Traditional owners and protestors from the Djab Wurrung Embassy have clashed with police and workers outside of Ararat this week, following the felling of trees for the $157 million Western Highway duplication project.
The event prompted the local state MP to ask the protesters to listen to the Ararat community and let the project go ahead.
Speaking to the Ararat Advertiser, Zellanach Djab Mara said police, protesters and workers faced-off on Tuesday.
"Today the same thing happened that has been going on for the past three years; agencies continue to do the wrong thing without consent," Zellanach Djab Mara said.
"People call this protesting; we call it holding standing our ground on our country until we get full autonomy.
"We've been here for almost three years now, and particular agencies still haven't been willing to come and sit on our country and have that dialogue."
Traditional owners and supporters have been camped at the site between Ararat and Buangor since June 2018.
The embassy exists to protect about 3000 trees of various sizes and ages have been marked for removal along the duplication route, including several scar trees, birthing trees and other culturally modified trees.
Zallanach Djab Mar said as the leader of the Djab Wurrung Embassy, it was his role to ensure the safety of the sacred site.
"As the chief of the tribe here, it's my responsibility to ensure that there is proper dialogue for each and every individual within the 12 claims of the tribal society of this country," he said.
"There are particular elderly people, who are not elders of our country, have given consent.
"We want the highway, but let's fix where it is going. Right now, it's going through old Ghiran station, which has an old bluestone house that my great-great-great grandfather used to live in before they shipped us mob off to Framlingham mission and whatnot.
"We still want people coming through and help the economy in town.
"We know there's seven generations of families who lived on Djab Wurrung country; we don't want to kick anyone out."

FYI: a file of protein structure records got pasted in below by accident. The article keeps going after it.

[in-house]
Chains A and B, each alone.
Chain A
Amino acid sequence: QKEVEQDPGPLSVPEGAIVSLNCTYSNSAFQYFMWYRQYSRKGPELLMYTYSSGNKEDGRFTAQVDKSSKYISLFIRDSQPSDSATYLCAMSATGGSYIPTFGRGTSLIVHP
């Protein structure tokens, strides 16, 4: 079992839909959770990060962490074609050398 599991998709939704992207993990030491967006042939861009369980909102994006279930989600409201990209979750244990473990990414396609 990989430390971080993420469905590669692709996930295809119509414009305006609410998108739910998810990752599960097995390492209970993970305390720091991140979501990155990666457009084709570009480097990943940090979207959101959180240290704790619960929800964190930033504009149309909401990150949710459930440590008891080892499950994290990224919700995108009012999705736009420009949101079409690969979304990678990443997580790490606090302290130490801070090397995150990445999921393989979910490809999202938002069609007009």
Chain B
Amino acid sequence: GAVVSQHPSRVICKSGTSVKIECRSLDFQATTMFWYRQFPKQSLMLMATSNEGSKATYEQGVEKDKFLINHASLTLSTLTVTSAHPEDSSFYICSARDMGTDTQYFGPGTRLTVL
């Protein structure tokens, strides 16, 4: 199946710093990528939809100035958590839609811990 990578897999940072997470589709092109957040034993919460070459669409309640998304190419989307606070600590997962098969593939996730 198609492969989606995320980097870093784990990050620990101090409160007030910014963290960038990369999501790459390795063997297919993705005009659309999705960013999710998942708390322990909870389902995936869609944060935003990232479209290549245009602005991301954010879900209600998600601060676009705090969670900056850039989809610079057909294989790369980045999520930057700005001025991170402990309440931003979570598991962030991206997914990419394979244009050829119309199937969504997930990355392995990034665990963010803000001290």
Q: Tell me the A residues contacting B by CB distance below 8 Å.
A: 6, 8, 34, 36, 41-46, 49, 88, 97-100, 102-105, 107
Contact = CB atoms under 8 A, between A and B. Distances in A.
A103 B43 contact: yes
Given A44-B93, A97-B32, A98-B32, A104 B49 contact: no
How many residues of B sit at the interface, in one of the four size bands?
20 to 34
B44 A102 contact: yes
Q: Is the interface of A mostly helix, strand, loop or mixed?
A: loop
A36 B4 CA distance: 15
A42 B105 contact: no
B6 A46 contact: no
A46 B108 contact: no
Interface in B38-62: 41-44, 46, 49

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Louise Staley, the State member for Ripon, said the stalemate is hurting Ararat and the greater community.
"Overwhelmingly, people want this road built. They are sick of this," Ms Staley said.
"I can guarantee you that north of 90 per cent of Ararat wants this road built. I think it's six years overdue."
Ms Staley noted she attended the funding announcement of the Western Highway duplication in 2014 before she became a member of the Victorian Legislative Assembly.
"In 2014, I remember standing - opposite where the camp is now - with Dan Tehan (Federal member for Wannon), Scotty Turner (National Party candidate for Ripon) and Denis Napthine (then-Victorian premier), announcing funding for the next stage of the road.
"(Since then) these people have had multiple court cases, they've had the Ombudsman in investigate the claims, and they've had the private court cases.
"Yes, they've won on process a couple of times in the federal court against the federal Environment Minister, but they haven't won on her power to do this. They've won on process.
"No matter what anybody does to attempt to come to a reasonable settlement, in the way that both Eastern Maar (Eastern Maar Aboriginal Corporation) has done, these people won't do that - they're just not reasonable."
There are particular elderly people, who are not elders of our country, have given consent.Zellanach Djab Mar
Ms Staley said the suggestion the Western Highway duplication could move north on an alternative route is no longer viable.
"They keep talking about the Northern option, but it's not an option," she said.
"It was rejected by engineers; it is a very big and expensive issue, and there are flow-on effects.
"For example, there are people with Great Western that have got pegs ('For Sale' signs) in the ground that have been there for years.
"They can't sell their property, because they (the Victorian government) haven't got on with the next section."
A spokesperson from Victoria police declined to comment on the event; however, no arrests were made on the day.
A state government spokesperson said it is vital for the safety of the community that the Western Highway upgrade is completed.
"With more than 100 crashes on the Western Highway in recent years, including 11 deaths, we're getting on with this urgent safety upgrade that will save lives," the spokesperson said.
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"We've listened to Aboriginal voices every step of the way - the project's design has been approved by both relevant Traditional Owner Groups, an independent Environmental Effects Statement process, the Supreme Court, the Federal Environment Minister and the Victorian Ombudsman."
"It's time for the handful of protesters to allow us to get on with the urgently needed safety upgrade."
In 2019, Djab Wurrung Elder Aunty Sandra Onus said that the Indigenous group was not against the highway's development.
"We would just like the general public to know that we're not against development as such, but we offered an alternative that was not taken up," Aunty Sandra said.
"It was another (option) of re-routing the road and not destroying the trees or the hills, thus interfering with those song lines."
For more than 60,000 years, songlines formed a significant part of Indigenous Australian culture, providing an oral history of substantial locations and events within the region, passed down from elder to elder.
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